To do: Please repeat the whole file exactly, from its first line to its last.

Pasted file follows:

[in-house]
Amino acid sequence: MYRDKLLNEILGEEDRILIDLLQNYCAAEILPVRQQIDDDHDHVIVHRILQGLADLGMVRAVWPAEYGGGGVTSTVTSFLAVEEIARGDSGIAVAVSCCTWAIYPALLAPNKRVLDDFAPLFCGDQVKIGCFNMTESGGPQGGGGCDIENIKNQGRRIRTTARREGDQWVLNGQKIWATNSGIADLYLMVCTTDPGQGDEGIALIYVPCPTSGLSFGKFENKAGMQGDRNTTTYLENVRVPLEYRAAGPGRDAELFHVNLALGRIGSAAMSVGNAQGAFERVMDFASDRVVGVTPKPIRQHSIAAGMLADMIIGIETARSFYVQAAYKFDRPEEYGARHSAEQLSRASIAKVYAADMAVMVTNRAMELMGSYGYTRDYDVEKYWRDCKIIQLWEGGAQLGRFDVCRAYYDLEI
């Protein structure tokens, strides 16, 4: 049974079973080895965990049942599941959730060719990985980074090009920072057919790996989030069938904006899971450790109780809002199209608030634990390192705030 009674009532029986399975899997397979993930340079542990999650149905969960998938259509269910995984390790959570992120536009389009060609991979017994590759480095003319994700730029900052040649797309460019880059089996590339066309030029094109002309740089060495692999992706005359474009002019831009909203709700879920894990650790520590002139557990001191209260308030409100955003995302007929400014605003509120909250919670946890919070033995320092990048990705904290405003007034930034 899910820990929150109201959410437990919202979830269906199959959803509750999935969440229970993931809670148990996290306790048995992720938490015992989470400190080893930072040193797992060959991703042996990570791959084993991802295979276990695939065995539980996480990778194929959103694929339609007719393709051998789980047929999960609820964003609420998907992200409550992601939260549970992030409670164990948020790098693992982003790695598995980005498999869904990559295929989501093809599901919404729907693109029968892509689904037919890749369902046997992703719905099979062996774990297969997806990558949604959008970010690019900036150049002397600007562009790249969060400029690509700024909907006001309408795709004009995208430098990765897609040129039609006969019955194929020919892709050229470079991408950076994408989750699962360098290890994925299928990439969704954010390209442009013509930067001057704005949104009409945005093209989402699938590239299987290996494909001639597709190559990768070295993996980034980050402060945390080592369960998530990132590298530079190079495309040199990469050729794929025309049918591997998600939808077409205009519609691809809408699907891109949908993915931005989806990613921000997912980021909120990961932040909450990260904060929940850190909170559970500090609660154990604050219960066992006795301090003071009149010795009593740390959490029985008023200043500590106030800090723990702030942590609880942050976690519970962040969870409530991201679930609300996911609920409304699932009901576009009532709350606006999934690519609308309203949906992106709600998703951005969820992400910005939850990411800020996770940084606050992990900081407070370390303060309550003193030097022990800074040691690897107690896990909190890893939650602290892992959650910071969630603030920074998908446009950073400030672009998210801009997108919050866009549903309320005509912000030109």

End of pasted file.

[in-house]
Amino acid sequence: MYRDKLLNEILGEEDRILIDLLQNYCAAEILPVRQQIDDDHDHVIVHRILQGLADLGMVRAVWPAEYGGGGVTSTVTSFLAVEEIARGDSGIAVAVSCCTWAIYPALLAPNKRVLDDFAPLFCGDQVKIGCFNMTESGGPQGGGGCDIENIKNQGRRIRTTARREGDQWVLNGQKIWATNSGIADLYLMVCTTDPGQGDEGIALIYVPCPTSGLSFGKFENKAGMQGDRNTTTYLENVRVPLEYRAAGPGRDAELFHVNLALGRIGSAAMSVGNAQGAFERVMDFASDRVVGVTPKPIRQHSIAAGMLADMIIGIETARSFYVQAAYKFDRPEEYGARHSAEQLSRASIAKVYAADMAVMVTNRAMELMGSYGYTRDYDVEKYWRDCKIIQLWEGGAQLGRFDVCRAYYDLEI
């Protein structure tokens, strides 16, 4: 049974079973080895965990049942599941959730060719990985980074090009920072057919790996989030069938904006899971450790109780809002199209608030634990390192705030 009674009532029986399975899997397979993930340079542990999650149905969960998938259509269910995984390790959570992120536009389009060609991979017994590759480095003319994700730029900052040649797309460019880059089996590339066309030029094109002309740089060495692999992706005359474009002019831009909203709700879920894990650790520590002139557990001191209260308030409100955003995302007929400014605003509120909250919670946890919070033995320092990048990705904290405003007034930034 899910820990929150109201959410437990919202979830269906199959959803509750999935969440229970993931809670148990996290306790048995992720938490015992989470400190080893930072040193797992060959991703042996990570791959084993991802295979276990695939065995539980996480990778194929959103694929339609007719393709051998789980047929999960609820964003609420998907992200409550992601939260549970992030409670164990948020790098693992982003790695598995980005498999869904990559295929989501093809599901919404729907693109029968892509689904037919890749369902046997992703719905099979062996774990297969997806990558949604959008970010690019900036150049002397600007562009790249969060400029690509700024909907006001309408795709004009995208430098990765897609040129039609006969019955194929020919892709050229470079991408950076994408989750699962360098290890994925299928990439969704954010390209442009013509930067001057704005949104009409945005093209989402699938590239299987290996494909001639597709190559990768070295993996980034980050402060945390080592369960998530990132590298530079190079495309040199990469050729794929025309049918591997998600939808077409205009519609691809809408699907891109949908993915931005989806990613921000997912980021909120990961932040909450990260904060929940850190909170559970500090609660154990604050219960066992006795301090003071009149010795009593740390959490029985008023200043500590106030800090723990702030942590609880942050976690519970962040969870409530991201679930609300996911609920409304699932009901576009009532709350606006999934690519609308309203949906992106709600998703951005969820992400910005939850990411800020996770940084606050992990900081407070370390303060309550003193030097022990800074040691690897107690896990909190890893939650602290892992959650910071969630603030920074998908446009950073400030672009998210801009997108919050866009549903309320005509912000030109």